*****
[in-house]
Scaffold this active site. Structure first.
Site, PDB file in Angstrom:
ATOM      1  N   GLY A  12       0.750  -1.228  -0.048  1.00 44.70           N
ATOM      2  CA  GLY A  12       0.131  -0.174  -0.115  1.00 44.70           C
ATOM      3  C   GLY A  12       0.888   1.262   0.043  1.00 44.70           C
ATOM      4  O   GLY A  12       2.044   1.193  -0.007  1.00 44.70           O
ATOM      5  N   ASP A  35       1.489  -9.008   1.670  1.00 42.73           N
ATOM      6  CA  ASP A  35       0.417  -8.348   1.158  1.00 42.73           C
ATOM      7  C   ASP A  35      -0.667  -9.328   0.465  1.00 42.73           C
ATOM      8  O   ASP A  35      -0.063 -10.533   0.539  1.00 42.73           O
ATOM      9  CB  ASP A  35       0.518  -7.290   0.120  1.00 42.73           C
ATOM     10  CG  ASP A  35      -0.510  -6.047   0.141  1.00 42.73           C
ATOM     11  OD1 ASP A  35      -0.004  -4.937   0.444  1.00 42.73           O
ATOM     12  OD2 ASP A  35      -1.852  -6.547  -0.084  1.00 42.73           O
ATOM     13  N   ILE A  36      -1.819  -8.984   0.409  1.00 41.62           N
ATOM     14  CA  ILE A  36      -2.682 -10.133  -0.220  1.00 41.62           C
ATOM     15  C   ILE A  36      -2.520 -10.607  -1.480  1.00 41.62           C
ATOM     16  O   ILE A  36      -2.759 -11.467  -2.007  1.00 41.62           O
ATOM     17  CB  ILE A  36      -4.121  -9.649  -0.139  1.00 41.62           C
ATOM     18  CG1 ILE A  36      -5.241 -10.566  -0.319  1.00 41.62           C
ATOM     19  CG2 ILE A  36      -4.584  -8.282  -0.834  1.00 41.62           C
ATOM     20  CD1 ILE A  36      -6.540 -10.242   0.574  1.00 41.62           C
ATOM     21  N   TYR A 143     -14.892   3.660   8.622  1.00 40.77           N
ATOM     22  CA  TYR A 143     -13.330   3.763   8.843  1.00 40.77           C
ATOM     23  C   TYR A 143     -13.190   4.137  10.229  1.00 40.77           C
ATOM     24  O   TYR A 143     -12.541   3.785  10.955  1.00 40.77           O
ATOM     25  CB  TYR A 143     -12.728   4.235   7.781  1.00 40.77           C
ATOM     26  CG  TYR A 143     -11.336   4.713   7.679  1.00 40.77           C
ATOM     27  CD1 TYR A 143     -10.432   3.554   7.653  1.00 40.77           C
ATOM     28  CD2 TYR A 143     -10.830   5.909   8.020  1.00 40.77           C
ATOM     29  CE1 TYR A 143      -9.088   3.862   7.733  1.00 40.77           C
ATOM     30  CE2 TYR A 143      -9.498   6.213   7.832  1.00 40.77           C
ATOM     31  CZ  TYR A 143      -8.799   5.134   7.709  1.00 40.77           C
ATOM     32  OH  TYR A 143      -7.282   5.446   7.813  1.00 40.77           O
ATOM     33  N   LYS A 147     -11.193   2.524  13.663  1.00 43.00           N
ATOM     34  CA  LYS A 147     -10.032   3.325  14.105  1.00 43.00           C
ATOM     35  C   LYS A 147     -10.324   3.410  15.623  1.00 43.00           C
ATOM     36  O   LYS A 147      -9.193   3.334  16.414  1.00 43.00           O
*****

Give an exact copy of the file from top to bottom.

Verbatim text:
[in-house]
Scaffold this active site. Structure first.
Site, PDB file in Angstrom:
ATOM      1  N   GLY A  12       0.750  -1.228  -0.048  1.00 44.70           N
ATOM      2  CA  GLY A  12       0.131  -0.174  -0.115  1.00 44.70           C
ATOM      3  C   GLY A  12       0.888   1.262   0.043  1.00 44.70           C
ATOM      4  O   GLY A  12       2.044   1.193  -0.007  1.00 44.70           O
ATOM      5  N   ASP A  35       1.489  -9.008   1.670  1.00 42.73           N
ATOM      6  CA  ASP A  35       0.417  -8.348   1.158  1.00 42.73           C
ATOM      7  C   ASP A  35      -0.667  -9.328   0.465  1.00 42.73           C
ATOM      8  O   ASP A  35      -0.063 -10.533   0.539  1.00 42.73           O
ATOM      9  CB  ASP A  35       0.518  -7.290   0.120  1.00 42.73           C
ATOM     10  CG  ASP A  35      -0.510  -6.047   0.141  1.00 42.73           C
ATOM     11  OD1 ASP A  35      -0.004  -4.937   0.444  1.00 42.73           O
ATOM     12  OD2 ASP A  35      -1.852  -6.547  -0.084  1.00 42.73           O
ATOM     13  N   ILE A  36      -1.819  -8.984   0.409  1.00 41.62           N
ATOM     14  CA  ILE A  36      -2.682 -10.133  -0.220  1.00 41.62           C
ATOM     15  C   ILE A  36      -2.520 -10.607  -1.480  1.00 41.62           C
ATOM     16  O   ILE A  36      -2.759 -11.467  -2.007  1.00 41.62           O
ATOM     17  CB  ILE A  36      -4.121  -9.649  -0.139  1.00 41.62           C
ATOM     18  CG1 ILE A  36      -5.241 -10.566  -0.319  1.00 41.62           C
ATOM     19  CG2 ILE A  36      -4.584  -8.282  -0.834  1.00 41.62           C
ATOM     20  CD1 ILE A  36      -6.540 -10.242   0.574  1.00 41.62           C
ATOM     21  N   TYR A 143     -14.892   3.660   8.622  1.00 40.77           N
ATOM     22  CA  TYR A 143     -13.330   3.763   8.843  1.00 40.77           C
ATOM     23  C   TYR A 143     -13.190   4.137  10.229  1.00 40.77           C
ATOM     24  O   TYR A 143     -12.541   3.785  10.955  1.00 40.77           O
ATOM     25  CB  TYR A 143     -12.728   4.235   7.781  1.00 40.77           C
ATOM     26  CG  TYR A 143     -11.336   4.713   7.679  1.00 40.77           C
ATOM     27  CD1 TYR A 143     -10.432   3.554   7.653  1.00 40.77           C
ATOM     28  CD2 TYR A 143     -10.830   5.909   8.020  1.00 40.77           C
ATOM     29  CE1 TYR A 143      -9.088   3.862   7.733  1.00 40.77           C
ATOM     30  CE2 TYR A 143      -9.498   6.213   7.832  1.00 40.77           C
ATOM     31  CZ  TYR A 143      -8.799   5.134   7.709  1.00 40.77           C
ATOM     32  OH  TYR A 143      -7.282   5.446   7.813  1.00 40.77           O
ATOM     33  N   LYS A 147     -11.193   2.524  13.663  1.00 43.00           N
ATOM     34  CA  LYS A 147     -10.032   3.325  14.105  1.00 43.00           C
ATOM     35  C   LYS A 147     -10.324   3.410  15.623  1.00 43.00           C
ATOM     36  O   LYS A 147      -9.193   3.334  16.414  1.00 43.00           O